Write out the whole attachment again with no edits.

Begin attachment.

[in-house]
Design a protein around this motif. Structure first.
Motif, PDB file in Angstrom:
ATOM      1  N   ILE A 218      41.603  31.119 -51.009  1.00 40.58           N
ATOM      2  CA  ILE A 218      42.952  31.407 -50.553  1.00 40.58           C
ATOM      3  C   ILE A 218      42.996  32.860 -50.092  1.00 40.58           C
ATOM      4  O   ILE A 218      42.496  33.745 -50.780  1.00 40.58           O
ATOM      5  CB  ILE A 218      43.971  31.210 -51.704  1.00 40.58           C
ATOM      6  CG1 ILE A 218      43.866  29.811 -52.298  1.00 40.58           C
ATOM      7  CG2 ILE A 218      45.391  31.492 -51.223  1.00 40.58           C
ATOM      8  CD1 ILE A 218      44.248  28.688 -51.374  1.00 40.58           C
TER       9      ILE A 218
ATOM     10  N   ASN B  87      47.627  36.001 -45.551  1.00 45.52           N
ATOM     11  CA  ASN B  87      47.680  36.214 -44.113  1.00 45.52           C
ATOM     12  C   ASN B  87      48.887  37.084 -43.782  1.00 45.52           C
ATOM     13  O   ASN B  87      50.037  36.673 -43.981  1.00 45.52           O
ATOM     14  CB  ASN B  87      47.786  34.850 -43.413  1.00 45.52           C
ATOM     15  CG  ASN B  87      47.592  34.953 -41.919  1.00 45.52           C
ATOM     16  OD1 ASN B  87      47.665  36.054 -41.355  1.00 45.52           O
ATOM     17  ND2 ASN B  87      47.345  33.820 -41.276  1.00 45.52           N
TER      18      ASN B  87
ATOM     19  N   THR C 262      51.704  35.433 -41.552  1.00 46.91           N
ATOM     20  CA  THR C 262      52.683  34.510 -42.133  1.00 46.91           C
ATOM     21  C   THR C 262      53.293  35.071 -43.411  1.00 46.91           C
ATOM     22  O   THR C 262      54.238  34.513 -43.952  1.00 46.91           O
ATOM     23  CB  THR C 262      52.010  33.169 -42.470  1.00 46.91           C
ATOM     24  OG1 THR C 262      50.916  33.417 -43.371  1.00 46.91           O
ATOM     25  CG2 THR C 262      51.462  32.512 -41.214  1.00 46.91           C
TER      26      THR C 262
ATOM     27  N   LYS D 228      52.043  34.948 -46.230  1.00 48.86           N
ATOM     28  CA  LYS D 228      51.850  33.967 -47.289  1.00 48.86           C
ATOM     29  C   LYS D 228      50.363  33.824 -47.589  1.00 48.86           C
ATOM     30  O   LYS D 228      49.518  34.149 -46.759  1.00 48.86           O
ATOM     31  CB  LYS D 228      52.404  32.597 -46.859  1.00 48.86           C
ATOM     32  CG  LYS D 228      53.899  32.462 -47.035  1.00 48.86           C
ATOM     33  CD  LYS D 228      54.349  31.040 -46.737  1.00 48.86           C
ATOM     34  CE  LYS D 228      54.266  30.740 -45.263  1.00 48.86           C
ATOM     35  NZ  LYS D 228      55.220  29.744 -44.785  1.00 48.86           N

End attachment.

[in-house]
Design a protein around this motif. Structure first.
Motif, PDB file in Angstrom:
ATOM      1  N   ILE A 218      41.603  31.119 -51.009  1.00 40.58           N
ATOM      2  CA  ILE A 218      42.952  31.407 -50.553  1.00 40.58           C
ATOM      3  C   ILE A 218      42.996  32.860 -50.092  1.00 40.58           C
ATOM      4  O   ILE A 218      42.496  33.745 -50.780  1.00 40.58           O
ATOM      5  CB  ILE A 218      43.971  31.210 -51.704  1.00 40.58           C
ATOM      6  CG1 ILE A 218      43.866  29.811 -52.298  1.00 40.58           C
ATOM      7  CG2 ILE A 218      45.391  31.492 -51.223  1.00 40.58           C
ATOM      8  CD1 ILE A 218      44.248  28.688 -51.374  1.00 40.58           C
TER       9      ILE A 218
ATOM     10  N   ASN B  87      47.627  36.001 -45.551  1.00 45.52           N
ATOM     11  CA  ASN B  87      47.680  36.214 -44.113  1.00 45.52           C
ATOM     12  C   ASN B  87      48.887  37.084 -43.782  1.00 45.52           C
ATOM     13  O   ASN B  87      50.037  36.673 -43.981  1.00 45.52           O
ATOM     14  CB  ASN B  87      47.786  34.850 -43.413  1.00 45.52           C
ATOM     15  CG  ASN B  87      47.592  34.953 -41.919  1.00 45.52           C
ATOM     16  OD1 ASN B  87      47.665  36.054 -41.355  1.00 45.52           O
ATOM     17  ND2 ASN B  87      47.345  33.820 -41.276  1.00 45.52           N
TER      18      ASN B  87
ATOM     19  N   THR C 262      51.704  35.433 -41.552  1.00 46.91           N
ATOM     20  CA  THR C 262      52.683  34.510 -42.133  1.00 46.91           C
ATOM     21  C   THR C 262      53.293  35.071 -43.411  1.00 46.91           C
ATOM     22  O   THR C 262      54.238  34.513 -43.952  1.00 46.91           O
ATOM     23  CB  THR C 262      52.010  33.169 -42.470  1.00 46.91           C
ATOM     24  OG1 THR C 262      50.916  33.417 -43.371  1.00 46.91           O
ATOM     25  CG2 THR C 262      51.462  32.512 -41.214  1.00 46.91           C
TER      26      THR C 262
ATOM     27  N   LYS D 228      52.043  34.948 -46.230  1.00 48.86           N
ATOM     28  CA  LYS D 228      51.850  33.967 -47.289  1.00 48.86           C
ATOM     29  C   LYS D 228      50.363  33.824 -47.589  1.00 48.86           C
ATOM     30  O   LYS D 228      49.518  34.149 -46.759  1.00 48.86           O
ATOM     31  CB  LYS D 228      52.404  32.597 -46.859  1.00 48.86           C
ATOM     32  CG  LYS D 228      53.899  32.462 -47.035  1.00 48.86           C
ATOM     33  CD  LYS D 228      54.349  31.040 -46.737  1.00 48.86           C
ATOM     34  CE  LYS D 228      54.266  30.740 -45.263  1.00 48.86           C
ATOM     35  NZ  LYS D 228      55.220  29.744 -44.785  1.00 48.86           N